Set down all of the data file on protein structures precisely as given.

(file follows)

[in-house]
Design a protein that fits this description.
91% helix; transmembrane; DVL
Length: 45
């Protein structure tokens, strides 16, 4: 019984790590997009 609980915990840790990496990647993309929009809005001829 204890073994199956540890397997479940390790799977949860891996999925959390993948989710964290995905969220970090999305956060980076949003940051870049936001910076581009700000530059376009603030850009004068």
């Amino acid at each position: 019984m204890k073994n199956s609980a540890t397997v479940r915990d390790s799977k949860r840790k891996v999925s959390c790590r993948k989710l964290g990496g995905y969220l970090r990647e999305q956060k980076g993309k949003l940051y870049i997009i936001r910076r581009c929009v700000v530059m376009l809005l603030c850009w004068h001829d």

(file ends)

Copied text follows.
[in-house]
Design a protein that fits this description.
91% helix; transmembrane; DVL
Length: 45
């Protein structure tokens, strides 16, 4: 019984790590997009 609980915990840790990496990647993309929009809005001829 204890073994199956540890397997479940390790799977949860891996999925959390993948989710964290995905969220970090999305956060980076949003940051870049936001910076581009700000530059376009603030850009004068």
């Amino acid at each position: 019984m204890k073994n199956s609980a540890t397997v479940r915990d390790s799977k949860r840790k891996v999925s959390c790590r993948k989710l964290g990496g995905y969220l970090r990647e999305q956060k980076g993309k949003l940051y870049i997009i936001r910076r581009c929009v700000v530059m376009l809005l603030c850009w004068h001829d």